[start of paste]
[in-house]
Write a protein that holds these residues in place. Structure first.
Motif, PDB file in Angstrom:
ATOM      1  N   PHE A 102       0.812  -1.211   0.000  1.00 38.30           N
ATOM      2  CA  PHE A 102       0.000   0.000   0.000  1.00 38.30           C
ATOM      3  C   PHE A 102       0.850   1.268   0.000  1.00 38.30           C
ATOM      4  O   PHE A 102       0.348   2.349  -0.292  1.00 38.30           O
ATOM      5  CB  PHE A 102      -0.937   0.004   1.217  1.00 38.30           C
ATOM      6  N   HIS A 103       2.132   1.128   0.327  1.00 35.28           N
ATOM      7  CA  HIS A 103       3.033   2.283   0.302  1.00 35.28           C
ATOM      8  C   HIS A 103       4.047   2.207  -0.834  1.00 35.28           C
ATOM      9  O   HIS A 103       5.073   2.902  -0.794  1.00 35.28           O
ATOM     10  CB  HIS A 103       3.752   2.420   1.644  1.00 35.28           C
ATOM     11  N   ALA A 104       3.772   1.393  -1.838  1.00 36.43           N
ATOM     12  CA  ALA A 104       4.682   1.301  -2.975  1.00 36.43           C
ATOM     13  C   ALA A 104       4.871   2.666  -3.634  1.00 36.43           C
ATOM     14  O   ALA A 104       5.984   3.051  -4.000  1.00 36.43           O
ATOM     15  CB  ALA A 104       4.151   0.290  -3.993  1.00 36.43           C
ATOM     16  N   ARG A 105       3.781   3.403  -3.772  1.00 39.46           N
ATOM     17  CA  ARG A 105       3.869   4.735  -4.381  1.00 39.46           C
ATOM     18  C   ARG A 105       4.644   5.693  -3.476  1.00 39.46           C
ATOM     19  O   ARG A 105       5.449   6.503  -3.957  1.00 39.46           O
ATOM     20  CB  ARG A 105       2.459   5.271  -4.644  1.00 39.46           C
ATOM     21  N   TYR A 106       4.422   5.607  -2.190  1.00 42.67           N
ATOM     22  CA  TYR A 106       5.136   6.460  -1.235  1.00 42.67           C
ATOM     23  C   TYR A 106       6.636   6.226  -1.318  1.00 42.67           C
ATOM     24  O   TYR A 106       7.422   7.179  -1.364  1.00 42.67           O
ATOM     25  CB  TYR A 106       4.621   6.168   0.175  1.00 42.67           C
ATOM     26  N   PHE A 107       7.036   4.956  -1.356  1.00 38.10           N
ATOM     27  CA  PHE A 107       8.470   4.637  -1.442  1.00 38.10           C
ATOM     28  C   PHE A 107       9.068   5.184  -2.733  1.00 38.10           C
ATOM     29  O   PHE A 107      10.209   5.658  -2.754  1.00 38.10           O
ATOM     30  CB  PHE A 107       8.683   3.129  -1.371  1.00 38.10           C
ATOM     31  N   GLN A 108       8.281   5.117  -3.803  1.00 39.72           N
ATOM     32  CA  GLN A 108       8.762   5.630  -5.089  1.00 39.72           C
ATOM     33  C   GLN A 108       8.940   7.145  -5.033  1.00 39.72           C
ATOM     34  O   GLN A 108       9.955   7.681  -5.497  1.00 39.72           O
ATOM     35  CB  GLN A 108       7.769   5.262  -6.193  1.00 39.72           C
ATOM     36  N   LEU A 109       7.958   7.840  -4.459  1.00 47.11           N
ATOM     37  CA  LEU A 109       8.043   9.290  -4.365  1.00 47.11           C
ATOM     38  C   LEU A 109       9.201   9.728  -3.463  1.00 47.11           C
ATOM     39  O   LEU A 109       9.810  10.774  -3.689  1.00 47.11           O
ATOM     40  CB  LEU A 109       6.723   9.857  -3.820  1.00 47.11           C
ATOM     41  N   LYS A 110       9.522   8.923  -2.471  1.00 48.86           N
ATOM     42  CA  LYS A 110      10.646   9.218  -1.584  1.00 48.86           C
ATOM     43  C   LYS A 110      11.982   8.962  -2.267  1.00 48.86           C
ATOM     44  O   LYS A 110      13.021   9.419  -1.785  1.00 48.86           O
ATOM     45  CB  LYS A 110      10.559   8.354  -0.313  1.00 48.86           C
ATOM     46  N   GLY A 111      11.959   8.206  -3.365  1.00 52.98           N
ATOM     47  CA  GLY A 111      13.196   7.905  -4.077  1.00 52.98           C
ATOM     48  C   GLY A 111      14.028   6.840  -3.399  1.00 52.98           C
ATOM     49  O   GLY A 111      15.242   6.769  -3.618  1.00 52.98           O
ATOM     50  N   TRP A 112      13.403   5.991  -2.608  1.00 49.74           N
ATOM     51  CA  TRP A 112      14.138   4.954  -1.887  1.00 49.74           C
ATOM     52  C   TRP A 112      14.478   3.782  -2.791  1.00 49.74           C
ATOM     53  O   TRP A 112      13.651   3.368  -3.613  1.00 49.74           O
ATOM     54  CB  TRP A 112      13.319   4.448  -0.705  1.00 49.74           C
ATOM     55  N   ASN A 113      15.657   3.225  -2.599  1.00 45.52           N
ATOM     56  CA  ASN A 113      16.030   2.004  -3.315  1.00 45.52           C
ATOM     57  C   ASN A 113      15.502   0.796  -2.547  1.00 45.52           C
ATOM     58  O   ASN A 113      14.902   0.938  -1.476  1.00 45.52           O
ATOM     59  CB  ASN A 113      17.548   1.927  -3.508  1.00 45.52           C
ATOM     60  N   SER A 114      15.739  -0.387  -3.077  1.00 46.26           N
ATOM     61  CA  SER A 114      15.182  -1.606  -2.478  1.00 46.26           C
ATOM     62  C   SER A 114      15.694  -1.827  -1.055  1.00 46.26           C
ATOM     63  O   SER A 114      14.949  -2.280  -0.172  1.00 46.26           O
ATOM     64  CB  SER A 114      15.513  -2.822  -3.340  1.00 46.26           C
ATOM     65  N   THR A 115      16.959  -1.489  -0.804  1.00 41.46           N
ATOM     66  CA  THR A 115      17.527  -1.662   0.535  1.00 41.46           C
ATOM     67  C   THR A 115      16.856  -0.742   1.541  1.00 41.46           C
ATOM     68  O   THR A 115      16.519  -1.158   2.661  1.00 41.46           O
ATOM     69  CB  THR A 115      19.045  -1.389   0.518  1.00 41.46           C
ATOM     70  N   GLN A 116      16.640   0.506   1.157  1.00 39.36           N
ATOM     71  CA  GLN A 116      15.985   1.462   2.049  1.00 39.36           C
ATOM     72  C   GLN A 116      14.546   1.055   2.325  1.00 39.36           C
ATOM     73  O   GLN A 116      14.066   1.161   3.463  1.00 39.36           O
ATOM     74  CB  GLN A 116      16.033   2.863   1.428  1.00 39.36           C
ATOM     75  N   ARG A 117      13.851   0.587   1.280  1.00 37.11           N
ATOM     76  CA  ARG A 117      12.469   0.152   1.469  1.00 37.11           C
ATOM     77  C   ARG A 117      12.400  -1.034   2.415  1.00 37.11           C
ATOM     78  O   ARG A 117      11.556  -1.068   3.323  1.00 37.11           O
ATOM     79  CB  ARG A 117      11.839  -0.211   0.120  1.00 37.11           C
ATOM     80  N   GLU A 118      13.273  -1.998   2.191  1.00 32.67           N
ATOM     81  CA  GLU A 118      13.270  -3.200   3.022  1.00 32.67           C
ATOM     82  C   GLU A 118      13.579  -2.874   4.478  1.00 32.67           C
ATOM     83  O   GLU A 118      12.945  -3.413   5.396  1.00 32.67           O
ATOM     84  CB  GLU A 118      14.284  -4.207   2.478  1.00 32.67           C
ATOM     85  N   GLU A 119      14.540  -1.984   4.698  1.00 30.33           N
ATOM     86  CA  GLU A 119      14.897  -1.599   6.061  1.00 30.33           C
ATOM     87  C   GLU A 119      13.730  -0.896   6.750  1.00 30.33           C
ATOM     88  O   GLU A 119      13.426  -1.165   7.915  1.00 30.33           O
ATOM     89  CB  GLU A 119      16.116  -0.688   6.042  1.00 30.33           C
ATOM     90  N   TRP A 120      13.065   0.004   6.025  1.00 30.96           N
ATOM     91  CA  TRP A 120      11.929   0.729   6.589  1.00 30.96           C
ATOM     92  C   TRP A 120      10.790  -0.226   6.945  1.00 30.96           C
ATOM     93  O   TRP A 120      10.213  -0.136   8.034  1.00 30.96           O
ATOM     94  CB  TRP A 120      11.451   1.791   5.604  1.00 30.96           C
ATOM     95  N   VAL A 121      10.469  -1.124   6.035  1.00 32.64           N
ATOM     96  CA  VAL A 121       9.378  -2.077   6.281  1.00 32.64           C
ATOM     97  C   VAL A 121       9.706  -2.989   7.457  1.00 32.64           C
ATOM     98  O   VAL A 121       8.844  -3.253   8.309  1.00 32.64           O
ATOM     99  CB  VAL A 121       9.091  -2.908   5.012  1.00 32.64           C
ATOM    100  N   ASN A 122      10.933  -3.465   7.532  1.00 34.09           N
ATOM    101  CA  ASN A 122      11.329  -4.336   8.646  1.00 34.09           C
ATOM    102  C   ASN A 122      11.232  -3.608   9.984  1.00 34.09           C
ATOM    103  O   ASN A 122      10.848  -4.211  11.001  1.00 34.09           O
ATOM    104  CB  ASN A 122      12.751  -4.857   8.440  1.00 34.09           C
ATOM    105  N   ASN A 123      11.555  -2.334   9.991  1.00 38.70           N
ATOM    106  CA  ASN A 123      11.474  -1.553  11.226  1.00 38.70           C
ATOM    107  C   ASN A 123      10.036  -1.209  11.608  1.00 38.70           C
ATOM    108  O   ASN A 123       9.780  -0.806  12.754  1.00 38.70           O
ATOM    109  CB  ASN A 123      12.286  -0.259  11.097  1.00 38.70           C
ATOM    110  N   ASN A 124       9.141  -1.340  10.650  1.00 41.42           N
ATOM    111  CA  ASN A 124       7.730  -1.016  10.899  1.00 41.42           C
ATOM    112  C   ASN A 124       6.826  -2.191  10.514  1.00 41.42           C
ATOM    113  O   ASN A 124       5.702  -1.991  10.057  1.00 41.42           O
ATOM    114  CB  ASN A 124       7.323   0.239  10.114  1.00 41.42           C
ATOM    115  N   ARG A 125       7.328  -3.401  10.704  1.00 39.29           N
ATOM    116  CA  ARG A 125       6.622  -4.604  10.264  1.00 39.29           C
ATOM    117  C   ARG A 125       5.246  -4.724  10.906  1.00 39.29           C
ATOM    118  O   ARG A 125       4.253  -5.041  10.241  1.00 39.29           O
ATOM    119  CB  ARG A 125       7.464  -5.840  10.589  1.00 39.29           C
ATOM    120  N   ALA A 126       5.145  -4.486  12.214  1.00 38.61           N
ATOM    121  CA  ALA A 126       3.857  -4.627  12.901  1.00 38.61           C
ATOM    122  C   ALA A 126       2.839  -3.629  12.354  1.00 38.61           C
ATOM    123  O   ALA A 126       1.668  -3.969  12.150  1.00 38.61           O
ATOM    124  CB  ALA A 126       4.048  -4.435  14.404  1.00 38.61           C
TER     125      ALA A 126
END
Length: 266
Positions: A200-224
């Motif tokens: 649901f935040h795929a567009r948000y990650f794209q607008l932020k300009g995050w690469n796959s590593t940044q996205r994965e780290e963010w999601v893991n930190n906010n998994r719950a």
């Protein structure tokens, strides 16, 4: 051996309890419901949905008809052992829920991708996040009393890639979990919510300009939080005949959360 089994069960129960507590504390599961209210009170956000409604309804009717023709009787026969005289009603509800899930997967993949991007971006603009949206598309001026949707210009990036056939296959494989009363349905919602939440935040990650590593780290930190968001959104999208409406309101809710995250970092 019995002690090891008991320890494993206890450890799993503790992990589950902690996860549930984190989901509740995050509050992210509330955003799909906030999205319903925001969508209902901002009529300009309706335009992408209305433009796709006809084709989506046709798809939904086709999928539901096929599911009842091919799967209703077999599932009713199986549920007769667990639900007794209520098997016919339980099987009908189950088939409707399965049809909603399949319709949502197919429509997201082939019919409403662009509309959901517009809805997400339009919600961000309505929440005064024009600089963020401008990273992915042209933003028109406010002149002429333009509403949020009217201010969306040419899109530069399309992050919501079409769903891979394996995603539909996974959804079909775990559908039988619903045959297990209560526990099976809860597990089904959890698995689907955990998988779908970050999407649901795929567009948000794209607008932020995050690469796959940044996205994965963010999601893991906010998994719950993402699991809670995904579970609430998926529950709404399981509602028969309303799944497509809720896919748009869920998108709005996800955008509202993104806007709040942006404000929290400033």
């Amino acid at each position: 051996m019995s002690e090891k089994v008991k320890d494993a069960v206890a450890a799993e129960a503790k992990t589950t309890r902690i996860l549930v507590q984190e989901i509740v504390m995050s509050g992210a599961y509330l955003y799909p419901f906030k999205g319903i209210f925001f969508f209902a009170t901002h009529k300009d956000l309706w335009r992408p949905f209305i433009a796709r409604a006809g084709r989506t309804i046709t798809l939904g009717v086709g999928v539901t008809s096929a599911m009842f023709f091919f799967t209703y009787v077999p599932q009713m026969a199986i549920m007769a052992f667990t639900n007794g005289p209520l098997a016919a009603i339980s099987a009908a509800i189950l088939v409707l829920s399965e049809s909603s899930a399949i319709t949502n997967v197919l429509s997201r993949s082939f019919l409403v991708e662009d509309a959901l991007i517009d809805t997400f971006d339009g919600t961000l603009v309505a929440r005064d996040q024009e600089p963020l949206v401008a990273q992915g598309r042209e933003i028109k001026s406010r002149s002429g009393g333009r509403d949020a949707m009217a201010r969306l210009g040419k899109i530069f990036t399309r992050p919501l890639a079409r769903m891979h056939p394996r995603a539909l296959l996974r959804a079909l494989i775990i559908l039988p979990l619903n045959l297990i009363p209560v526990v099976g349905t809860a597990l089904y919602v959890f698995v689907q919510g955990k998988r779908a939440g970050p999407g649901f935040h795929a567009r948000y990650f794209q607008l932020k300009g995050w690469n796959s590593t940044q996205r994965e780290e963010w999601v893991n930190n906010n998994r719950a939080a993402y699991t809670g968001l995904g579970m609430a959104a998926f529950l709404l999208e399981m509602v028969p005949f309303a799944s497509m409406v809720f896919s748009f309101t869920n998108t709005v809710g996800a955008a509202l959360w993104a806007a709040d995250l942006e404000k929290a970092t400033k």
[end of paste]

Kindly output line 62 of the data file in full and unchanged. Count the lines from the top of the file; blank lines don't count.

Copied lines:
ATOM     59  CB  ASN A 113      17.548   1.927  -3.508  1.00 45.52           C